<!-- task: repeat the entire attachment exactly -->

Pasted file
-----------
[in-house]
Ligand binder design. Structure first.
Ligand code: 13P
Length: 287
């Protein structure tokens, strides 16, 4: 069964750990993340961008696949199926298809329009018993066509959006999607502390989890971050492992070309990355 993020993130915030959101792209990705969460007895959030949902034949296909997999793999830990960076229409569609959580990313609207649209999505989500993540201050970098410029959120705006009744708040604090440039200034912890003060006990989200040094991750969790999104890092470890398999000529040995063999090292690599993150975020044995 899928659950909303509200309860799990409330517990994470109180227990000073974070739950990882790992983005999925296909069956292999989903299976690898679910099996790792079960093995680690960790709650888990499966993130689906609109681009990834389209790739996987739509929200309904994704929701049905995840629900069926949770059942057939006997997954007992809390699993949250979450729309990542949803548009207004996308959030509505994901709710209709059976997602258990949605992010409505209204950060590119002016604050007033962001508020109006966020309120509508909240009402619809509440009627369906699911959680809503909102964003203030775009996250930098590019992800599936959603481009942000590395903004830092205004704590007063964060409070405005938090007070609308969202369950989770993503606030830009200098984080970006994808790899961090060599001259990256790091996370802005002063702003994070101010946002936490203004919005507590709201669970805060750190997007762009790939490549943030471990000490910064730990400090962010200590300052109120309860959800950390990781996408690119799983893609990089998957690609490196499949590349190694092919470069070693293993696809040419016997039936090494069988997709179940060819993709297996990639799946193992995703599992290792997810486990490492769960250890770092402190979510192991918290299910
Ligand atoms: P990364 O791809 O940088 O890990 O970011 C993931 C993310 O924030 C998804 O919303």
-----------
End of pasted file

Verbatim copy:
[in-house]
Ligand binder design. Structure first.
Ligand code: 13P
Length: 287
């Protein structure tokens, strides 16, 4: 069964750990993340961008696949199926298809329009018993066509959006999607502390989890971050492992070309990355 993020993130915030959101792209990705969460007895959030949902034949296909997999793999830990960076229409569609959580990313609207649209999505989500993540201050970098410029959120705006009744708040604090440039200034912890003060006990989200040094991750969790999104890092470890398999000529040995063999090292690599993150975020044995 899928659950909303509200309860799990409330517990994470109180227990000073974070739950990882790992983005999925296909069956292999989903299976690898679910099996790792079960093995680690960790709650888990499966993130689906609109681009990834389209790739996987739509929200309904994704929701049905995840629900069926949770059942057939006997997954007992809390699993949250979450729309990542949803548009207004996308959030509505994901709710209709059976997602258990949605992010409505209204950060590119002016604050007033962001508020109006966020309120509508909240009402619809509440009627369906699911959680809503909102964003203030775009996250930098590019992800599936959603481009942000590395903004830092205004704590007063964060409070405005938090007070609308969202369950989770993503606030830009200098984080970006994808790899961090060599001259990256790091996370802005002063702003994070101010946002936490203004919005507590709201669970805060750190997007762009790939490549943030471990000490910064730990400090962010200590300052109120309860959800950390990781996408690119799983893609990089998957690609490196499949590349190694092919470069070693293993696809040419016997039936090494069988997709179940060819993709297996990639799946193992995703599992290792997810486990490492769960250890770092402190979510192991918290299910
Ligand atoms: P990364 O791809 O940088 O890990 O970011 C993931 C993310 O924030 C998804 O919303």